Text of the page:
A study of the emotional interaction between two individuals is charted on a graph, measuring intensity of emotion against time. A specific range of colours is used to indicate the range of emotions experienced throughout the relationship. Each emotion is colour-coded according to the following process: the emotions are arranged in a sequence according to their intensity and essential qualities. This emotional spectrum is randomly superimposed onto a colour spectrum. The colours are selected from the Mercedes-Benz paintwork palette for cars produced between 1955 and 1996. The sequence of emotions/colours (resulting from the chronological appearance of each emotion throughout the couple’s interaction), forms two distinct configurations displayed on fuel tank lids (Mercedes-Benz model W 201). Each configuration represents the emotional world of each individual.
A language-game: Report whether a certain body is lighter or darker than another. But now there’s a related one: State the relationship between the lightness of certain shades of colour. (Compare with this: Determining the relationship between the lengths of two sticks-and the relationship between two numbers.)-The form of the propositions in both language-games is the same: “X is lighter than Y”. But in the first it is an external relation and the proposition is temporal, in the second it is an internal relation and the proposition is timeless. (Wittgenstein, 1990, p. 2e)
Each colour is a variable that corresponds to an emotion; it does not stand in an expressive or symbolic relation to it (numerical codes and mathematical variables do not embody the object they represent). But the configuration of emotions in the couple’s interaction is expressed by the configuration of colours. Since the relationship between the internal properties of the colours, corresponds to the relationship between the internal properties of the emotions.
2.15 The fact that the elements of a picture are related to one another in a determinate way represents that things are related to one another in the same way (Wittgenstein, 1993, p. 9)
Francis Petrarch, wrote Canzoniere, a collection of 366 love poems, over a period of 40 years during the 14th century. The poems are addressed to Petrarch’s platonic mistress Laura, possibly Laura de Sade, ancestor of the Marquis de Sade. Petrarch’s love was unrequited, to him it was also sinful, for she was married. Laura’s character, as it is portrayed by Petrarch, is that of the archetypal femme fatale. The sonnets reveal a plot created by the interaction of Petrarch and Laura. This is dominated by sudden shifts of mood, with swings between extremes. Their emotional changes follow discontinuous paths, jumping from one emotional extreme to another, seldom experiencing contentment.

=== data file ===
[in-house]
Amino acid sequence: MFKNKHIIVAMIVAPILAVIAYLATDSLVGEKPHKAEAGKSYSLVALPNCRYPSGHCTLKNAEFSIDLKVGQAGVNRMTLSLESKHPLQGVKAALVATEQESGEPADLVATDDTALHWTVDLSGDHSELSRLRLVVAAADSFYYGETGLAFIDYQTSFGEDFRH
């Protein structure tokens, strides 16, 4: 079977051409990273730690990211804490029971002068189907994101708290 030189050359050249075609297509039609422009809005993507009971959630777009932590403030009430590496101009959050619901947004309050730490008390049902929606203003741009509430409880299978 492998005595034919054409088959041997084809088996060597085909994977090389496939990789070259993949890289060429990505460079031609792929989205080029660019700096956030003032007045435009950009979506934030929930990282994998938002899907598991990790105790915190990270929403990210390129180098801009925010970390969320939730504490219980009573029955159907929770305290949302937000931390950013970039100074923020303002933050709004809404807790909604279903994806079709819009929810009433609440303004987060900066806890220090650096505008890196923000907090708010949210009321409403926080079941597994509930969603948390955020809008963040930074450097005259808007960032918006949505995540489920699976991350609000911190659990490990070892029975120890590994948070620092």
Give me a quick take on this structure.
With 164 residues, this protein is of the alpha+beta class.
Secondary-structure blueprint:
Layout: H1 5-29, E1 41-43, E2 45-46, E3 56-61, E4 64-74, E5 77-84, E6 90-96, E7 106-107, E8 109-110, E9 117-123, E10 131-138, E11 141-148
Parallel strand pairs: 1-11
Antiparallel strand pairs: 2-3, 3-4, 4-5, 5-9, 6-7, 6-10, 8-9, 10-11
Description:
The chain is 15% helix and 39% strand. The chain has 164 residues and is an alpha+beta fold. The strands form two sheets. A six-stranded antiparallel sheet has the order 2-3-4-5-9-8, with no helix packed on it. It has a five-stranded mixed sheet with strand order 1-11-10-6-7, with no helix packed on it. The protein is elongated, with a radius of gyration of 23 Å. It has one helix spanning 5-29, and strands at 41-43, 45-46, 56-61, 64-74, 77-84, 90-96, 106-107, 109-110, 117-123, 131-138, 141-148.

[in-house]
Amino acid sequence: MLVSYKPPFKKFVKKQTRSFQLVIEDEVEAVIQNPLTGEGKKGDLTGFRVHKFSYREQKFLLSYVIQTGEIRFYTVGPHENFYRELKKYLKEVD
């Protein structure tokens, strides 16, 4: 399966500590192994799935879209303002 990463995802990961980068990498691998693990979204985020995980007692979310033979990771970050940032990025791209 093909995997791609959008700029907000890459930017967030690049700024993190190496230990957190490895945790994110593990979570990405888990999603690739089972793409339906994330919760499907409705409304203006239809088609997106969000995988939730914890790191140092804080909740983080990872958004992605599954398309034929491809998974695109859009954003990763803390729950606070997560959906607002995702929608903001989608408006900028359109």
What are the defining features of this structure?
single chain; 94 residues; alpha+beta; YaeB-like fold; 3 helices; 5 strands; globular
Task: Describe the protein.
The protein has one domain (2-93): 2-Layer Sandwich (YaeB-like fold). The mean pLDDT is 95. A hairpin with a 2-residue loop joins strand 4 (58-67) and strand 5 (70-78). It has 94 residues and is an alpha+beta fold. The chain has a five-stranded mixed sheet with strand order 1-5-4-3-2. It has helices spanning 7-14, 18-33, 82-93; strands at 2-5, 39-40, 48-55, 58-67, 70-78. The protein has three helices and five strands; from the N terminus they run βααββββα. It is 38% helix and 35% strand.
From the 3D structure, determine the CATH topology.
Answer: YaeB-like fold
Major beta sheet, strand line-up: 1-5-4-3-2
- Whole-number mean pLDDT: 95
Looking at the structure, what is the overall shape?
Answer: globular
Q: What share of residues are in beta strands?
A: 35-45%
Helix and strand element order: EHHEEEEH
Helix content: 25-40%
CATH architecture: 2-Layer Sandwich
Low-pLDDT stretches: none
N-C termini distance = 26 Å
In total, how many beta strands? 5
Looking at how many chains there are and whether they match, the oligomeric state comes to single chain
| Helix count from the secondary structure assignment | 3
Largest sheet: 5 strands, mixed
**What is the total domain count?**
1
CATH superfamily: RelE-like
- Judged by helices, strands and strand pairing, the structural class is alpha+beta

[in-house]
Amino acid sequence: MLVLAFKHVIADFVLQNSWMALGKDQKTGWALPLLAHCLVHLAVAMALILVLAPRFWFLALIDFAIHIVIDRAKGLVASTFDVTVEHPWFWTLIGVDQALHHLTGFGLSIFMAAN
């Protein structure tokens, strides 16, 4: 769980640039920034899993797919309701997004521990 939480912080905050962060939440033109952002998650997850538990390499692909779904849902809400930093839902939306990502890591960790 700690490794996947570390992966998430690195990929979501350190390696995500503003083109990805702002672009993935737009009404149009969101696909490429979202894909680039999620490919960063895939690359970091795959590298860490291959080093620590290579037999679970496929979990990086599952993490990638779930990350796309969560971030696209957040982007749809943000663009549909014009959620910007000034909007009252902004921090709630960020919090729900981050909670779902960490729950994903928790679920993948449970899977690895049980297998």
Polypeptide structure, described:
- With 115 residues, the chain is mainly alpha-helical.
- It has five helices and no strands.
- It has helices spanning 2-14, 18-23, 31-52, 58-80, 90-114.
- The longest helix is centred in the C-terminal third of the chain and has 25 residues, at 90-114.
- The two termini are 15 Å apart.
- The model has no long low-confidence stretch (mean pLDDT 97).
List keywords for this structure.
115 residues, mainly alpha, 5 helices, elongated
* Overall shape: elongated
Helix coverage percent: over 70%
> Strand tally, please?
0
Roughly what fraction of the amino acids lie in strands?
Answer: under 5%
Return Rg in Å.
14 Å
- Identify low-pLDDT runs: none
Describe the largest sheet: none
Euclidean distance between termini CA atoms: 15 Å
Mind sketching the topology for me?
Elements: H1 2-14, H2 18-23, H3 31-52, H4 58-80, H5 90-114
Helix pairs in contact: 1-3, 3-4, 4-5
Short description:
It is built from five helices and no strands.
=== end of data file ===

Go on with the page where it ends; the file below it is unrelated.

In a a game, each player’s move responds to and provokes the other player’s actions. Individual actions cannot be isolated because they are the logical sequence of the game. Nevertheless, each side retains its own at the end of the game.
Jones, Frederic (1994). What’s catastrophe got to do with it? New Scientist no. 1957, 24 Dec 1994.
Jones, Frederic (1995). The Structure of Petrarch’s Canzoniere: a chronological, psychological, and stylistic analysis. Cambridge: Brewer.
Rinaldi, Sergio. (1996). Laura and Petrarch: An Intriguing Case of Cyclical Love Dynamics. In: SIAM Journal of Applied Mathematics, Vol. 58, No. 4, (Aug 1998), pp. 1205-1221.
Strogatz, Steven H. (1988). Love Affairs and Differential Equations. Mathematics Magazine, Vol. 61, No. 1, pp. 35.
Wittgenstein, Ludwig (1993). Tractatus Logico-Philosophicus. London: University of Chicago Press.
Wittgenstein, Ludwig (1990). Remarks on Colour. Oxford: Blackwell.
EXHIBITIONS Spring Collection 96, Deste Foundation, House of Cyprus, Athens, 1996
COURTESY Dakis Joannou & the artist EDITION 1 + artist’s copy
Sophia Kosmaoglou LOVESONG (1996)
Fuel tank lids, automotive enamels, colour code, dimensions variable.